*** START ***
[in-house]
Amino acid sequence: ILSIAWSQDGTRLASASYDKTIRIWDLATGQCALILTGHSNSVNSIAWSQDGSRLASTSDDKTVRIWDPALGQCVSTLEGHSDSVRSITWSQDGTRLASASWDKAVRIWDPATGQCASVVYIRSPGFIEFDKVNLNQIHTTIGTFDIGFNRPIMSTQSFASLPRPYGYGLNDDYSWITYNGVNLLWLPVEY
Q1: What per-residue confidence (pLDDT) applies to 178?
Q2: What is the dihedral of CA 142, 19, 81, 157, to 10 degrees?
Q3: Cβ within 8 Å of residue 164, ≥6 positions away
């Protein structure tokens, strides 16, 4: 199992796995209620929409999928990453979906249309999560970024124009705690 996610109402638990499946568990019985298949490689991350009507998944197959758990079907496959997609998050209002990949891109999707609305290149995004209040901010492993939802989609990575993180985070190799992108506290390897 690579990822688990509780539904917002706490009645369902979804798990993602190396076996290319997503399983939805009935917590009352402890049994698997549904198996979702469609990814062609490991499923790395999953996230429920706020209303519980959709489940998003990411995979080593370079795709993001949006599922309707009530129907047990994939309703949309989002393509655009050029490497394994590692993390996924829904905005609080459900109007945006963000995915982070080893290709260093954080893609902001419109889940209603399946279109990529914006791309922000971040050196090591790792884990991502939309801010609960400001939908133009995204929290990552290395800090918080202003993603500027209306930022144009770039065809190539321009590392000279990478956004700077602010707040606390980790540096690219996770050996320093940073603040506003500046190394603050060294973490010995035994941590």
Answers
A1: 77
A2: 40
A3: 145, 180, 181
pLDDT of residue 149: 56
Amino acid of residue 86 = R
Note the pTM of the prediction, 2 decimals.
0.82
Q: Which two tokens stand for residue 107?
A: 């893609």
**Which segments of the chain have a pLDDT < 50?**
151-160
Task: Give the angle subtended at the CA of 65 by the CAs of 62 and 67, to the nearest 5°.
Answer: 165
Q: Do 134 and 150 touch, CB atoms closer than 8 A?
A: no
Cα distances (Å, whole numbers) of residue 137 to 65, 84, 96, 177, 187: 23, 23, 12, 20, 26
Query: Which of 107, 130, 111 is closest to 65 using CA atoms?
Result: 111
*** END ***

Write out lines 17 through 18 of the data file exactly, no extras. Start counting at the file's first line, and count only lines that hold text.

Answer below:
**Which segments of the chain have a pLDDT < 50?**
151-160